The Drosophila decapentaplegic gene (dpp) encodes a TGF-beta family member involved in signal transduction during embryonic midgut formation. The shortvein (shv) class of cis-regulatory dpp mutants disrupt expression in parasegments 4 and 7 (ps4 and ps7) of the embryonic visceral mesoderm (VM) surrounding the gut and cause abnormalities in gut morphogenesis. We demonstrate that cis-regulatory elements directing expression in ps4 and ps7 are separable and identify DNA fragments that generate ps4 and ps7 expression patterns using reporter gene constructs. dpp reporter gene expression in both ps4 and ps7 is autoregulated as it requires endogenous dpp+ activity. Reporter gene ps7 expression requires the wild-type action of Ultra-bithorax (Ubx), and abdominal-A. Furthermore, the expression of certain Ubx reporter genes is coincident with dpp in the VM. Both the mis-expression of Ubx reporter genes in the developing gastric caecae at ps4 and its normal expression in ps7 are dependent upon endogenous dpp+ activity. We conclude that dpp both responds to and regulates Ubx in ps7 of the visceral mesoderm and that Ubx autoregulation within this tissue may be indirect as it requires more components than have previously been thought.
Crystal Structure of the DNA-binding Domain from Ndt80, a Transcriptional Activator Required for Meiosis in Yeast.
Proc Natl Acad Sci U S A. 99:14041-14046. Abstract
Ndt80 is a transcriptional activator required for meiosis in the yeast Saccharomyces cerevisiae. Here, we report the crystal structure at 2.3 A resolution of the DNA-binding domain of Ndt80 experimentally phased by using the anomalous and isomorphous signal from a single ordered Se atom per molecule of 272-aa residues. The structure reveals a single approximately 32-kDa domain with a distinct fold comprising a beta-sandwich core elaborated with seven additional beta-sheets and three short alpha-helices. Inspired by the structure, we have performed a mutational analysis and defined a DNA-binding motif in this domain. The DNA-binding domain of Ndt80 is homologous to a number of proteins from higher eukaryotes, and the residues that we have shown are required for DNA binding by Ndt80 are highly conserved among this group of proteins. These results suggest that Ndt80 is the defining member of a previously uncharacterized family of transcription factors, including the human protein (C11orf9), which has been shown to be highly expressed in invasive or metastatic tumor cells.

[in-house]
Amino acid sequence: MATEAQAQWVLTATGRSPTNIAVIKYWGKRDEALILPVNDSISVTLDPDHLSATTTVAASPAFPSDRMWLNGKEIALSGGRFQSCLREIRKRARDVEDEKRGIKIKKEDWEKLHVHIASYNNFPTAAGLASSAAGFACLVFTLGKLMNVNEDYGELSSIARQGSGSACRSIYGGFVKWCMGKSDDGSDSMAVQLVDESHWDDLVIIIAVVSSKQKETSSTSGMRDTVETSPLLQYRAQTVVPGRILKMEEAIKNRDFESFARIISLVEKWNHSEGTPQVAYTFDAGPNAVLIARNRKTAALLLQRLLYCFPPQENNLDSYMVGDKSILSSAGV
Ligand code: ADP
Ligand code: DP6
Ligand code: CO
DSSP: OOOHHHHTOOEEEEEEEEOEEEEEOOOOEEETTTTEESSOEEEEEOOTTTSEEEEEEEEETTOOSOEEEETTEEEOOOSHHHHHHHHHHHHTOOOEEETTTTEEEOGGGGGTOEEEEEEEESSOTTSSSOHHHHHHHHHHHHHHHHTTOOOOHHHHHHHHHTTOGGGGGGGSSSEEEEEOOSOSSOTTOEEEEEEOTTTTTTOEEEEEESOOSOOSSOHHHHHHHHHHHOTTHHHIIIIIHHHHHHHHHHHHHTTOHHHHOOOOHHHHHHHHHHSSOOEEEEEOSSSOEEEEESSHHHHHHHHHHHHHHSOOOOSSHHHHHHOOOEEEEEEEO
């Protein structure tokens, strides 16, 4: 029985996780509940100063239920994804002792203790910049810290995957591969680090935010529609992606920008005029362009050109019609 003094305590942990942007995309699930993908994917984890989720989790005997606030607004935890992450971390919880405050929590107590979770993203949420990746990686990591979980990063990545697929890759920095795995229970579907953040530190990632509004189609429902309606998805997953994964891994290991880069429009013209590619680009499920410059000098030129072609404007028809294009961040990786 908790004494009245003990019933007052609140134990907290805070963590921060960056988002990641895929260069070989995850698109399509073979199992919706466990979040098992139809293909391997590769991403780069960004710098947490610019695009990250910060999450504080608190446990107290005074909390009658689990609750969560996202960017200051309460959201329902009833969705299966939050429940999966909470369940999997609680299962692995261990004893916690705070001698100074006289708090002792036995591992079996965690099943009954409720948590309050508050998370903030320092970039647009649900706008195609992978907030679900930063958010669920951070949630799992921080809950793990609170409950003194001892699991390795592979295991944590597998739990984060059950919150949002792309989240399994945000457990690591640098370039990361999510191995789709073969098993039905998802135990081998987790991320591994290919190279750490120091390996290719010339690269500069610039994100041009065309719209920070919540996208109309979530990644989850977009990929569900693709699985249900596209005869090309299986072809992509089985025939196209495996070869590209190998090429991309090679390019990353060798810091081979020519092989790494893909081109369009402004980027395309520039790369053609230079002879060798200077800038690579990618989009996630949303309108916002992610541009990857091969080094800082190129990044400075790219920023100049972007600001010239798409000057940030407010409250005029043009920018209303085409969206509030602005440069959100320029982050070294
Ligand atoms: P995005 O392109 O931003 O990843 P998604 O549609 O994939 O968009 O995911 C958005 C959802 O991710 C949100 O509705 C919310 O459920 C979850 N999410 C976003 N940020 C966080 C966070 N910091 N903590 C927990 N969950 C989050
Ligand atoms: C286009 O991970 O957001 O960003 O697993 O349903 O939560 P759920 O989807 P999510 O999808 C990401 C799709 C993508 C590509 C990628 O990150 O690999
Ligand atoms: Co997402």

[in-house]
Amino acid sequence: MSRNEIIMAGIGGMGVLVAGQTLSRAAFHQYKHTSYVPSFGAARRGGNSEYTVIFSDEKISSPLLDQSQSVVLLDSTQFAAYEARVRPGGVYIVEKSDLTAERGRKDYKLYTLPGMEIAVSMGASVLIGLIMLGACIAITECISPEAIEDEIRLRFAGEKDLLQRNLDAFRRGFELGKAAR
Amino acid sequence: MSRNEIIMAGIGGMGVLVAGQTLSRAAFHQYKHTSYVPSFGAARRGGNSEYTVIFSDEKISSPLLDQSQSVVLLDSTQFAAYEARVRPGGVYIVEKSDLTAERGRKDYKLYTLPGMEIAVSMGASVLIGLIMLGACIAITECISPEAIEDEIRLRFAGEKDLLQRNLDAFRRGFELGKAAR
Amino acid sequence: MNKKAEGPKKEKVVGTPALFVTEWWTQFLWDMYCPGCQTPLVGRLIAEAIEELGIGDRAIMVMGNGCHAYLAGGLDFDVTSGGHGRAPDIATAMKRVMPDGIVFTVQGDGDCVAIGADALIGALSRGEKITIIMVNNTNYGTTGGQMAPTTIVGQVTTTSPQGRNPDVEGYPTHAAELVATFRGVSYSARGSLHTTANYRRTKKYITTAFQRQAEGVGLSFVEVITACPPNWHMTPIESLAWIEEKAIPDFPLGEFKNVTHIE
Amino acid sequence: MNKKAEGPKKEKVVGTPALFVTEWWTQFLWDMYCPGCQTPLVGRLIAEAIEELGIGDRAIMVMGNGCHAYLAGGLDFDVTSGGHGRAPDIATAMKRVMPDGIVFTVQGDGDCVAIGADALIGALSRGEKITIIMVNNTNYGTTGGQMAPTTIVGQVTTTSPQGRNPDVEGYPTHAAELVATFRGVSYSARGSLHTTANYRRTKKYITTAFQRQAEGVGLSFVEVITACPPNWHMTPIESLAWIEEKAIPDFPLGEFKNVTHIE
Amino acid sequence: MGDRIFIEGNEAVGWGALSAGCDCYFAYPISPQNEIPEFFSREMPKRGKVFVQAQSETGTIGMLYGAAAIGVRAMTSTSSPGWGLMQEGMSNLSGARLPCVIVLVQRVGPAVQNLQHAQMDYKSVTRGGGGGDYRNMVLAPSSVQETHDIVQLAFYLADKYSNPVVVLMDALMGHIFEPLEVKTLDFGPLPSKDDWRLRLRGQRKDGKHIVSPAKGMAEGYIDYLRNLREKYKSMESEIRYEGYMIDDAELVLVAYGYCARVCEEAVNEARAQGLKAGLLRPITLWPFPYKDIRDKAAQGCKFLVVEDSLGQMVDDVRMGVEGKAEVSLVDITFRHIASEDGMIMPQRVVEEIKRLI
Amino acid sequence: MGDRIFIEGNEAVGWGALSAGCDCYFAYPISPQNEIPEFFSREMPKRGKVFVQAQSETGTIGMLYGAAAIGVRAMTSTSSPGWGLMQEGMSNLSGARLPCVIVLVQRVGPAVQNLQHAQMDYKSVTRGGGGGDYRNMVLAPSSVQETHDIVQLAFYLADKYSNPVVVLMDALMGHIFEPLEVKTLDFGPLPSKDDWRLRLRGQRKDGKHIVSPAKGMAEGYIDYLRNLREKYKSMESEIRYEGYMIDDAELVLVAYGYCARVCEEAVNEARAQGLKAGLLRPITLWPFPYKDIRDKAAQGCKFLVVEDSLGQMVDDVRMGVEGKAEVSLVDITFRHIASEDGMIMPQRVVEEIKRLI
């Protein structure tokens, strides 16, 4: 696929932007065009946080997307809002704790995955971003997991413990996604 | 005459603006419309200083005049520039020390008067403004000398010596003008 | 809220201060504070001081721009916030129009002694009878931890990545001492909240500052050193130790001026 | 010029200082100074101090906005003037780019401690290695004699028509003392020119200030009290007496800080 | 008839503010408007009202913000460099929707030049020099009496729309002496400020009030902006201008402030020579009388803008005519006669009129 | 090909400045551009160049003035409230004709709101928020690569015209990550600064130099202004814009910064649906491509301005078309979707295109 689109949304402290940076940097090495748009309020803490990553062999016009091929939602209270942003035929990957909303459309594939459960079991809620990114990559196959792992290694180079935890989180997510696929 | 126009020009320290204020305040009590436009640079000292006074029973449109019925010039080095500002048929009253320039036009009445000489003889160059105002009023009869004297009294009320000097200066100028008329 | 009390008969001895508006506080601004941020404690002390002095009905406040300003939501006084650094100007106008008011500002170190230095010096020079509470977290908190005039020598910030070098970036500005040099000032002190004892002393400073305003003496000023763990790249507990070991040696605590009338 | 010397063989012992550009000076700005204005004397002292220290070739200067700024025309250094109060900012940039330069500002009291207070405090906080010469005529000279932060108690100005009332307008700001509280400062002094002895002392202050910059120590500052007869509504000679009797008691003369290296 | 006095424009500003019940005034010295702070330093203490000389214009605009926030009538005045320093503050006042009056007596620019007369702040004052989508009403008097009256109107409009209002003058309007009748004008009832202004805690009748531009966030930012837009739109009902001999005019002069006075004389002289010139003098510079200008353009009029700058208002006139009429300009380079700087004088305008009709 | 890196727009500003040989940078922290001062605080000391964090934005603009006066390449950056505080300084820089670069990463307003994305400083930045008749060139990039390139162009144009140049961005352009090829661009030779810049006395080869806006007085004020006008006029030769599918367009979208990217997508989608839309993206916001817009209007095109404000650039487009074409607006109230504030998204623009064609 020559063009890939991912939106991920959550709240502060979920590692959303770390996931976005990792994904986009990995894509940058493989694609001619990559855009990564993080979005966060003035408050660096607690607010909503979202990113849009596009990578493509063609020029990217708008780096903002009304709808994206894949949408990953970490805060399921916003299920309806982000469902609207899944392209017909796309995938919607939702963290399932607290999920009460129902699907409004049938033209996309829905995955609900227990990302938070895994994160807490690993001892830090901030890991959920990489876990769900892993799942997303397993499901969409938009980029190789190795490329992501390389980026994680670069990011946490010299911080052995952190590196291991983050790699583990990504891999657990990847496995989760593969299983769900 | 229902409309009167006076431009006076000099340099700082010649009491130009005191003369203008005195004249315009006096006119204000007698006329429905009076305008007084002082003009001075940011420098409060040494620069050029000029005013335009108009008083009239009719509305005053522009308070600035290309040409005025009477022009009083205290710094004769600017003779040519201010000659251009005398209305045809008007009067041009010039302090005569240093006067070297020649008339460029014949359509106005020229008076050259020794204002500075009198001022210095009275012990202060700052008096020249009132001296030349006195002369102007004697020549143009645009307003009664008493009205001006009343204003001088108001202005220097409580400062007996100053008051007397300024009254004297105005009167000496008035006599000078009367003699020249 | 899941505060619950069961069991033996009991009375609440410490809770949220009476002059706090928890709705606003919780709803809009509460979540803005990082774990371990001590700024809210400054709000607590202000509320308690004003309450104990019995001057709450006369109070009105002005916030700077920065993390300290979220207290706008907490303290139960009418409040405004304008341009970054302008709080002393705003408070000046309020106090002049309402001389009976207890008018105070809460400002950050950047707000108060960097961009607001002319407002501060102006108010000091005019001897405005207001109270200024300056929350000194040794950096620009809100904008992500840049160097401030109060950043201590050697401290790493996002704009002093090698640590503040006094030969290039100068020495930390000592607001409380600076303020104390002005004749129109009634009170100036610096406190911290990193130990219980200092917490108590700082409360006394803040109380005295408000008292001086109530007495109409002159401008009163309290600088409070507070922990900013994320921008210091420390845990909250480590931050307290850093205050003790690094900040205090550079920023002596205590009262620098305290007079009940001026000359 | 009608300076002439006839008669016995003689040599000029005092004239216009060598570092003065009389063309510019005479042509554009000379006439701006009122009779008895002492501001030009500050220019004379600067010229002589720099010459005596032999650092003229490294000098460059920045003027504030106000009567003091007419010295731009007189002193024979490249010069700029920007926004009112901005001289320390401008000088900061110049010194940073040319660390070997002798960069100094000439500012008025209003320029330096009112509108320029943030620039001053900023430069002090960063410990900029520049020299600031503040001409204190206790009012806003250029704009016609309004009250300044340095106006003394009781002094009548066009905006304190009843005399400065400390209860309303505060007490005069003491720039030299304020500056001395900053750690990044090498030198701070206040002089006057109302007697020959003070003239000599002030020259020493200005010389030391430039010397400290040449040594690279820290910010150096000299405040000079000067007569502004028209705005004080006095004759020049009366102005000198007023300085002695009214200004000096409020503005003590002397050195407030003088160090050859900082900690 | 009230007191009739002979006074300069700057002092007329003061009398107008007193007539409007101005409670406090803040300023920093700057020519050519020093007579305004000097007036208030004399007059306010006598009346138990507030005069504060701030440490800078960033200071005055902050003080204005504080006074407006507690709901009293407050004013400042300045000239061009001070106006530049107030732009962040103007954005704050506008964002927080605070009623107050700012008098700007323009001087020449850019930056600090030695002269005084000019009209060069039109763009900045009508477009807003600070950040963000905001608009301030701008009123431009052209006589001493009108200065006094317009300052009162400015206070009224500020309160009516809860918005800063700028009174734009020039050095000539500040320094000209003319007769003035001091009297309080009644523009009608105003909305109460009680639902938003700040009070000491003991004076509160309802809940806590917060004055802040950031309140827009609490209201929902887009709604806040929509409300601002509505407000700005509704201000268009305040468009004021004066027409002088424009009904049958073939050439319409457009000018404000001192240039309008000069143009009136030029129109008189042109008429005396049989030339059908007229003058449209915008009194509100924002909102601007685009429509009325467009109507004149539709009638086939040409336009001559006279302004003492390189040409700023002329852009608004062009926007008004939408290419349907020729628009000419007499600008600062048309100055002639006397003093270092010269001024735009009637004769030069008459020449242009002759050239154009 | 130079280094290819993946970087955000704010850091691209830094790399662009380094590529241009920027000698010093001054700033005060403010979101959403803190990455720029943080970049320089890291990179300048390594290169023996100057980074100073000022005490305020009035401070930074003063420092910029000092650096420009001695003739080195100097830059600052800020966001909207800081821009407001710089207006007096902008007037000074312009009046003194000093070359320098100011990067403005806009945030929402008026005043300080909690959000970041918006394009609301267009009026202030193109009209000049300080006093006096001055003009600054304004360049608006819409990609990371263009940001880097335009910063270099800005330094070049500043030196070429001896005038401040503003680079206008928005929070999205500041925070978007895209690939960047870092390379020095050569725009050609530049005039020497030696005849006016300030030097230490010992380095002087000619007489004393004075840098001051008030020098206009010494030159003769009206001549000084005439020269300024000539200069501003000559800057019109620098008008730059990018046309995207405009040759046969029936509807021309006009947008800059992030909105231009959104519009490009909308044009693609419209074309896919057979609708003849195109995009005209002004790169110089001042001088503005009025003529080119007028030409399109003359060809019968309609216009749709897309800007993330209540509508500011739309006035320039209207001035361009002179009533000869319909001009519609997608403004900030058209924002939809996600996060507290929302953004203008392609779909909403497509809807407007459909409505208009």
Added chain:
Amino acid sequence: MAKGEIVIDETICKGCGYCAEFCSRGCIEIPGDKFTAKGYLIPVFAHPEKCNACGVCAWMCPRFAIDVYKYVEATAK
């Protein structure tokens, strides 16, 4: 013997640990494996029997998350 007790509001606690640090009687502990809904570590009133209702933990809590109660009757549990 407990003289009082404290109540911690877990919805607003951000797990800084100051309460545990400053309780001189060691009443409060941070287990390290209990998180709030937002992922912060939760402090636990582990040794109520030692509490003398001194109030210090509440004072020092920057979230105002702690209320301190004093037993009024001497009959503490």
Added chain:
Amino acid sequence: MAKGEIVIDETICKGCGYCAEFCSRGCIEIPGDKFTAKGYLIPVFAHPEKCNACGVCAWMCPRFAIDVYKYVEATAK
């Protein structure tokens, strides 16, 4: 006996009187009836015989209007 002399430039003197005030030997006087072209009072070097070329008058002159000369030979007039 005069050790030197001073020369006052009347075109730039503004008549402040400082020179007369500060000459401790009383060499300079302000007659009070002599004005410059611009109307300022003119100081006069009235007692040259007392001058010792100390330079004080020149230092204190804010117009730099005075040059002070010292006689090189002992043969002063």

Crystallographic Studies of a Novel DNA-binding Domain from the Yeast Transcriptional Activator Ndt80.
Acta Crystallogr D Biol Crystallogr. 58:2127-2130. Abstract
The Ndt80 protein is a transcriptional activator that plays a key role in the progression of the meiotic divisions in the yeast Saccharomyces cerevisiae. Ndt80 is strongly induced during the middle stages of the sporulation pathway and binds specifically to a promoter element called the MSE to activate transcription of genes required for the meiotic divisions. Here, the preliminary structural and functional studies to characterize the DNA-binding activity of this protein are reported. Through deletion analysis and limited proteolysis studies of Ndt80, a novel 32 kDa DNA-binding domain that is sufficient for DNA-binding in vitro has been defined. Crystals of the DNA-binding domain of Ndt80 in two distinct lattices have been obtained, for which diffraction data extend to 2.3 A resolution.
Determination of the orientation of a DNA binding motif in a protein-DNA complex by photocrosslinking..